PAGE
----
Today is the first Sunday in September following Labor Day; yet, such an annual milestone leaves most unfazed and this is indeed unfortunate.
We do not refer to the start of the new National Football League season although this joyous time also is celebrated in the immediate aftermath of the Labor Day holiday.
Instead, our attention is directed to another grand — sentimentally even grander — occasion. It is National Grandparents Day.
Most are well familiar with grandparents, or at least their ancestral stardom, as well as their intrinsic value on family cohesiveness. In most cases, grandparents are the inspirations, and sometimes the chief planners, for family reunions; in others, they are the centerpiece of the Thanksgiving and Christmas holidays.
A visit to your closest greetings card aisle will verify this belief. The makers of Hallmark, or any number of creative competitors, will have just the right message depicting your love and appreciation for the elders within your family.
This gets us to our point; that is, the genuine meaning behind National Grandparents Day. No, it was not originated by the Hallmark heirs nor anyone with a vested interest in the sale of colorful greeting cards.
It is credited to either of two persons depending upon which historical account one places greatest merit.
Marian McQuade, a resident of Oak Hill, W. Va., is recognized as one of the founders of National Grandparents Day. Documented accounts report that in 1973, U.S. Sen. Jennings Randolph, D-W. Va., introduced a resolution to make Grandparents Day a national holiday. West Virginia Gov. Arch Moore had previously proclaimed an annual Grandparents Day for his state, at the urging of McQuade; however, the well-intended resolution died in committee in the U.S. Senate.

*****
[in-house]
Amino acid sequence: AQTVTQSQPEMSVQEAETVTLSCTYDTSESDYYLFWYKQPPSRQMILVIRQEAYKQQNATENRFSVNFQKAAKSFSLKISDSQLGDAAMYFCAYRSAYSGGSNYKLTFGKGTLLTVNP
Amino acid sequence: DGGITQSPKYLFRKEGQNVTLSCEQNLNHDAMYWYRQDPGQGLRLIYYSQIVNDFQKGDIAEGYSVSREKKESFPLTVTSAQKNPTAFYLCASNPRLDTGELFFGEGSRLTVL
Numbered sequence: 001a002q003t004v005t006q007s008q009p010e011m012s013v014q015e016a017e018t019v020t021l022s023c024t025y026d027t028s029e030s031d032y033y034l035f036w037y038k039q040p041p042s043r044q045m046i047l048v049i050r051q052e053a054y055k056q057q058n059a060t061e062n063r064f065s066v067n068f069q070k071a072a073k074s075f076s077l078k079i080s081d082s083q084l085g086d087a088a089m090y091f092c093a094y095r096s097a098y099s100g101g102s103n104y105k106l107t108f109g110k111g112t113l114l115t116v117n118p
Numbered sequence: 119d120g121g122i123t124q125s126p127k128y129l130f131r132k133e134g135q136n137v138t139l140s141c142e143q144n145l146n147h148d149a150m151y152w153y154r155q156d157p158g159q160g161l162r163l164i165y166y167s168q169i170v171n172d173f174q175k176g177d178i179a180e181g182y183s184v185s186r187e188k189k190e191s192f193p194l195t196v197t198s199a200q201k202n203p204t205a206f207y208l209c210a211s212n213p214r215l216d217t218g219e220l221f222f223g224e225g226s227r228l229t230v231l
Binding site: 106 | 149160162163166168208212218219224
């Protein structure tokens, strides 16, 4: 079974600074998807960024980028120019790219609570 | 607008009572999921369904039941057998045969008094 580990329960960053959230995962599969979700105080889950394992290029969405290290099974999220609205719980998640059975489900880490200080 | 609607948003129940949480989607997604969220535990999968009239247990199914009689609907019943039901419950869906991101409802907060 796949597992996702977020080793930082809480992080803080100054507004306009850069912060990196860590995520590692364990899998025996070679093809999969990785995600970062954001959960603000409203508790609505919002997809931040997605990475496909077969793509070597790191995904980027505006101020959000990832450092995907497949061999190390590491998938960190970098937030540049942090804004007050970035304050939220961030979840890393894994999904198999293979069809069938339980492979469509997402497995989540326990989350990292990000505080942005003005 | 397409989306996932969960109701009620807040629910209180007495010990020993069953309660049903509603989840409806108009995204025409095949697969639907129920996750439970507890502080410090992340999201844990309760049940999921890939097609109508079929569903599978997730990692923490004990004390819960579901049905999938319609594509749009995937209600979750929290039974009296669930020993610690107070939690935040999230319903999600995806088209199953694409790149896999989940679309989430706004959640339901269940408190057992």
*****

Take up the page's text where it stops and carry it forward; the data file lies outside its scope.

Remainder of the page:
Unbroken by this disappointment, McQuade organized a campaign that solicited governors, senators and congressmen in all 50 states. Her plea was for each state to proclaim its own Grandparents Day. Within three years, she received proclamations from 43.
Buoyed by this new wave of support, McQuade forwarded copies of the proclamations to Randolph who tried again. In February 1977, this time with the backing of a team of senators, Randolph introduced a Joint Resolution asking the president to proclaim the first Sunday of September after Labor Day of each year as National Grandparents Day. Congress passed the legislation, and on Aug. 3, 1978, President Jimmy Carter signed it into law.
In fairness to all, let us quickly point out some believe Hermine Beckett Hanna, a resident of North Syracuse, N.Y., should be allowed to share in the moment. In 1961, Hanna led a campaign to establish such a recognition for grandparents, yet her efforts did not reach a national platform. However, on Feb. 21, 1990, New York Congressman James T. Walsh recognized her work in front of the U.S. House of Representatives by crediting “... her important role in the establishment of Grandparents Day.”
Regardless of its earliest founder, we are most appreciative of the holiday’s message; that being, “... to honor grandparents, to give grandparents an opportunity to show love for their children’s children, and to help children become aware of strength, information and guidance older people can offer.”
Such beautiful words carry great weight and a powerful message, one to which we strongly subscribe.
The crowns on their heads may have whitened and their once-radiant fires of energy likely have been reduced to warm embers, but the love in the hearts of our Nanas and Papaws will burn eternal.
Long live our grandparents.
Though time will test these fragile frames, theirs are the souls of our past, present and future.